There is a scale of finger pressure.  From high to low pressure: tones are overtone-rich with a long decay, harmonics and stopped string sound are combined, harmonics, harmonics combined with the open string, multiphonics and a noise component are heard.


High pressure at the stopping finger allows an overtone-rich sound with a long decay.  Stopping the string with the fingernail or another dense object is overtone-richer and has longer decay times.


Too much pressure with the left hand is counter-productive; it can cause unwanted tension in the right hand that restricts loudness and overtone content.


If a dense object stops the string (a pen, a glass rod), even without pressing it to the fingerboard, long glissandi are possible, like the guitarists’ slide techniques.  Cello map link 


For harmonics, the finger touches the string without pressing it to the fingerboard.  Within the range of ‘harmonic finger pressure’ there is scope for some variation and many sounds are possible.  

At high harmonic finger pressure the string is slightly depressed but not in contact with the fingerboard.  This is often called a ‘half harmonic’.  The pitch of the harmonic (probably slightly sharp) and the tone at the stopping point are both heard.  The sound is overtone-weak.  

At the harmonic node closest to the bridge, the harmonic pitch and the stopped pitch are always the same. Therefore, for a ‘half harmonic’, it is impossible to hear two combined pitches at this point. However, compared to a ‘normal harmonic’ overtone content is noticeably reduced by the damping caused by the extra surface area and string bending due to the touching finger conditions for harmonics.

At mid-high harmonic finger pressure, the harmonic sounds alone, usually slightly sharp with weak overtone content.  As pressure decreases, the harmonic’s pitch falls to normal and overtone content becomes richer.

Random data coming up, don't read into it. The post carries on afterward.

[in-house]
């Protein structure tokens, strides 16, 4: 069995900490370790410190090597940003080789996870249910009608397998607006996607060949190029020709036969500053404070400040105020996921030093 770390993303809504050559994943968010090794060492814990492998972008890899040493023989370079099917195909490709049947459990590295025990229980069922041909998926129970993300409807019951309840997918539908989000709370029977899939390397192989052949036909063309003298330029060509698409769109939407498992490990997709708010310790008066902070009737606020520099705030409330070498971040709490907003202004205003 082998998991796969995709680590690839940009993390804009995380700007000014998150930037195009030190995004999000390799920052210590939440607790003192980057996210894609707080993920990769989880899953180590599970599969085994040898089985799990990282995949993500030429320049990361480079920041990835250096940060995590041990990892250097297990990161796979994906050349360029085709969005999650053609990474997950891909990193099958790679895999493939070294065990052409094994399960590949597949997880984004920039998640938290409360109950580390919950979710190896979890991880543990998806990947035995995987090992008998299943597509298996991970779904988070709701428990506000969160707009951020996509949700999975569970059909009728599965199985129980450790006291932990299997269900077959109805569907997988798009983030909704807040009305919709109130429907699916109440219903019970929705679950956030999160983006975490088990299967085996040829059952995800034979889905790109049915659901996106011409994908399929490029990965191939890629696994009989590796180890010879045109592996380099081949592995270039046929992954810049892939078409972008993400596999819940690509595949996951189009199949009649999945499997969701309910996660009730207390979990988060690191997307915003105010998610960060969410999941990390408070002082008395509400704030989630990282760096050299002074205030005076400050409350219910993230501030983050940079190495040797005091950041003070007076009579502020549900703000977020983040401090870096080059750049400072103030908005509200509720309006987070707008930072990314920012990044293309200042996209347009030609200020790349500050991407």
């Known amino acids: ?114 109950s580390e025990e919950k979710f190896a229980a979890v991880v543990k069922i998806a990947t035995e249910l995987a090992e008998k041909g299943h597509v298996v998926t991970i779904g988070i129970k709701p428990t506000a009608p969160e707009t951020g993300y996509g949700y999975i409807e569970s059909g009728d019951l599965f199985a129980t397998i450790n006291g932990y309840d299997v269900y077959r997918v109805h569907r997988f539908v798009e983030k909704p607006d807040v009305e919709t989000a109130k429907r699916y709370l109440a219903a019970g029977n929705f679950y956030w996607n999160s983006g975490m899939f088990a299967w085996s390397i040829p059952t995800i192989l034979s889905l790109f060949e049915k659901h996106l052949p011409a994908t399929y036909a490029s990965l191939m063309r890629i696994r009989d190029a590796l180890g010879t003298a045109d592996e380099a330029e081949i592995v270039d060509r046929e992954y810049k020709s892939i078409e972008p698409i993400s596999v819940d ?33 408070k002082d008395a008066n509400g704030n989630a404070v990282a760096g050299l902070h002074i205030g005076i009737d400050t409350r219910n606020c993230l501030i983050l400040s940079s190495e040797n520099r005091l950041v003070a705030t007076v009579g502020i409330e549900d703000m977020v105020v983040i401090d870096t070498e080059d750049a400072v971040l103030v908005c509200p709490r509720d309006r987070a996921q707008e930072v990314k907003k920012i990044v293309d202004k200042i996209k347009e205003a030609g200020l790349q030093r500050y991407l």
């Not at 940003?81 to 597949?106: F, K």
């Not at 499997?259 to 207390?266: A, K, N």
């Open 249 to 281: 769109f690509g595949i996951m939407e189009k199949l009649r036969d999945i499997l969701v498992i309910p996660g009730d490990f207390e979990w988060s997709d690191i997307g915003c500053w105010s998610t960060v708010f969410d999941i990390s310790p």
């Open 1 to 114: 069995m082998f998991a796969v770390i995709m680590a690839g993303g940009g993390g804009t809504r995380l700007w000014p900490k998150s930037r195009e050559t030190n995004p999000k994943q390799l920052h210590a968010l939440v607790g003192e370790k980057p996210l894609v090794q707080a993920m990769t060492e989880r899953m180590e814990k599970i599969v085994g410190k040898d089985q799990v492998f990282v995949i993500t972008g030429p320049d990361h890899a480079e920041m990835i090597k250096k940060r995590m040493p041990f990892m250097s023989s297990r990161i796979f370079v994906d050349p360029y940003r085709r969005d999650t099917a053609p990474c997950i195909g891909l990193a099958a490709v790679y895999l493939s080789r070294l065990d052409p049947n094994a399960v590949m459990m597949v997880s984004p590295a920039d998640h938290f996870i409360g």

Under very low finger pressures, the pitch of the open string is introduced into the sound in addition to a harmonic.  It is possible that two or more harmonics (including the open string) sound simultaneously.  This is called a multiphonic.     


Under low pressures, there might be a forced, ‘stuttering’ sound.  This is particularly strong at low bow speeds. 


The flexibility and the outcome of varying finger pressure changes for different positions on the fingerboard.  

Lower harmonics are more flexible: it is possible to change the sound and maintain the relatively constant presence of a harmonic.

Higher harmonics are more sensitive: a change in finger pressure sometimes causes the harmonic to ‘jump’ to a neighbouring harmonic. 


For more detailed information about multiphonics, see Cello map link 

In this context, I will define a multiphonic as the simultaneous sounding of two or more harmonics on a single string.  This can include the open string (which is the first harmonic).  Multiphonics are easier to produce in certain areas of the string; especially at points on the string where there is a cluster of harmonic nodes.  Multiphonics also require some manipulation of the sound in the right hand.


It is possible to summarise a scale of finger pressure:

A scale of finger pressure for the bowed string.


In the first example in this video, the stopping finger is at the third harmonic on the D string, not very close to a cluster of harmonics.  Therefore, the transition to the harmonic sound is relatively clean.  In the second example, the finger is very close to both the sixth and seventh harmonics on the G string.  The transition to harmonic sound is more complex, with some fluctuation between sixth and seventh harmonics and some multiphonic vibration.  

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